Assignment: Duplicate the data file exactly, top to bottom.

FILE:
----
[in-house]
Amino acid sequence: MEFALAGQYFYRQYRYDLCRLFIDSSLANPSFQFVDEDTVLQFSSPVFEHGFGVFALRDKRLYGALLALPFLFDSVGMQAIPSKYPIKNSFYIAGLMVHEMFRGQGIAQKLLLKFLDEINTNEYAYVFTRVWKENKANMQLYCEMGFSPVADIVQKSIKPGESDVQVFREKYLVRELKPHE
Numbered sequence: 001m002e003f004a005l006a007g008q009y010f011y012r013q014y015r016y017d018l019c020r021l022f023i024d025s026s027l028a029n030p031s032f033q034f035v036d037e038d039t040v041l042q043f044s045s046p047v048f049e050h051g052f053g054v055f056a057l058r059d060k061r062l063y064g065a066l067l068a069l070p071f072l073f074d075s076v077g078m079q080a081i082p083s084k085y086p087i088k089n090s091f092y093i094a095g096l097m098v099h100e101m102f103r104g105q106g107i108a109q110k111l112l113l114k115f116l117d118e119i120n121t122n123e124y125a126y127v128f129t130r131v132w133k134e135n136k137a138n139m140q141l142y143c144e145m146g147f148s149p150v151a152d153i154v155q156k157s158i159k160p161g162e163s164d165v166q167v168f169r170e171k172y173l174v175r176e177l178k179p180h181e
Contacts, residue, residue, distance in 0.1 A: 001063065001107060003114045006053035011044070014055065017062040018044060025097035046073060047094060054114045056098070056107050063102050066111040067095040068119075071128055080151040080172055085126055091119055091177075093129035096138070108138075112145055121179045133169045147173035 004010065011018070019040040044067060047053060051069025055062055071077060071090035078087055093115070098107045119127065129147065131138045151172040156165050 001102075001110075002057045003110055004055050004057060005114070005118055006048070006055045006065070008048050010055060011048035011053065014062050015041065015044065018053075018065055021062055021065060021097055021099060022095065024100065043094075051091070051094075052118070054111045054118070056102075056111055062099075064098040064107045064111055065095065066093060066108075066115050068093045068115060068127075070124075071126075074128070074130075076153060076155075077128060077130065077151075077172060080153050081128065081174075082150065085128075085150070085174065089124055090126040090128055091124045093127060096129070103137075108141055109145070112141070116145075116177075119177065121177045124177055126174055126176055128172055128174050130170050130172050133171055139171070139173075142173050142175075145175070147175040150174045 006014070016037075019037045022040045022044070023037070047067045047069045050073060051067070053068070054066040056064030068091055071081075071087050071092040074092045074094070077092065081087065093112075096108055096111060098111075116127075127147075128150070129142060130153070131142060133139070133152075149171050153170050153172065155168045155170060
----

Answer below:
[in-house]
Amino acid sequence: MEFALAGQYFYRQYRYDLCRLFIDSSLANPSFQFVDEDTVLQFSSPVFEHGFGVFALRDKRLYGALLALPFLFDSVGMQAIPSKYPIKNSFYIAGLMVHEMFRGQGIAQKLLLKFLDEINTNEYAYVFTRVWKENKANMQLYCEMGFSPVADIVQKSIKPGESDVQVFREKYLVRELKPHE
Numbered sequence: 001m002e003f004a005l006a007g008q009y010f011y012r013q014y015r016y017d018l019c020r021l022f023i024d025s026s027l028a029n030p031s032f033q034f035v036d037e038d039t040v041l042q043f044s045s046p047v048f049e050h051g052f053g054v055f056a057l058r059d060k061r062l063y064g065a066l067l068a069l070p071f072l073f074d075s076v077g078m079q080a081i082p083s084k085y086p087i088k089n090s091f092y093i094a095g096l097m098v099h100e101m102f103r104g105q106g107i108a109q110k111l112l113l114k115f116l117d118e119i120n121t122n123e124y125a126y127v128f129t130r131v132w133k134e135n136k137a138n139m140q141l142y143c144e145m146g147f148s149p150v151a152d153i154v155q156k157s158i159k160p161g162e163s164d165v166q167v168f169r170e171k172y173l174v175r176e177l178k179p180h181e
Contacts, residue, residue, distance in 0.1 A: 001063065001107060003114045006053035011044070014055065017062040018044060025097035046073060047094060054114045056098070056107050063102050066111040067095040068119075071128055080151040080172055085126055091119055091177075093129035096138070108138075112145055121179045133169045147173035 004010065011018070019040040044067060047053060051069025055062055071077060071090035078087055093115070098107045119127065129147065131138045151172040156165050 001102075001110075002057045003110055004055050004057060005114070005118055006048070006055045006065070008048050010055060011048035011053065014062050015041065015044065018053075018065055021062055021065060021097055021099060022095065024100065043094075051091070051094075052118070054111045054118070056102075056111055062099075064098040064107045064111055065095065066093060066108075066115050068093045068115060068127075070124075071126075074128070074130075076153060076155075077128060077130065077151075077172060080153050081128065081174075082150065085128075085150070085174065089124055090126040090128055091124045093127060096129070103137075108141055109145070112141070116145075116177075119177065121177045124177055126174055126176055128172055128174050130170050130172050133171055139171070139173075142173050142175075145175070147175040150174045 006014070016037075019037045022040045022044070023037070047067045047069045050073060051067070053068070054066040056064030068091055071081075071087050071092040074092045074094070077092065081087065093112075096108055096111060098111075116127075127147075128150070129142060130153070131142060133139070133152075149171050153170050153172065155168045155170060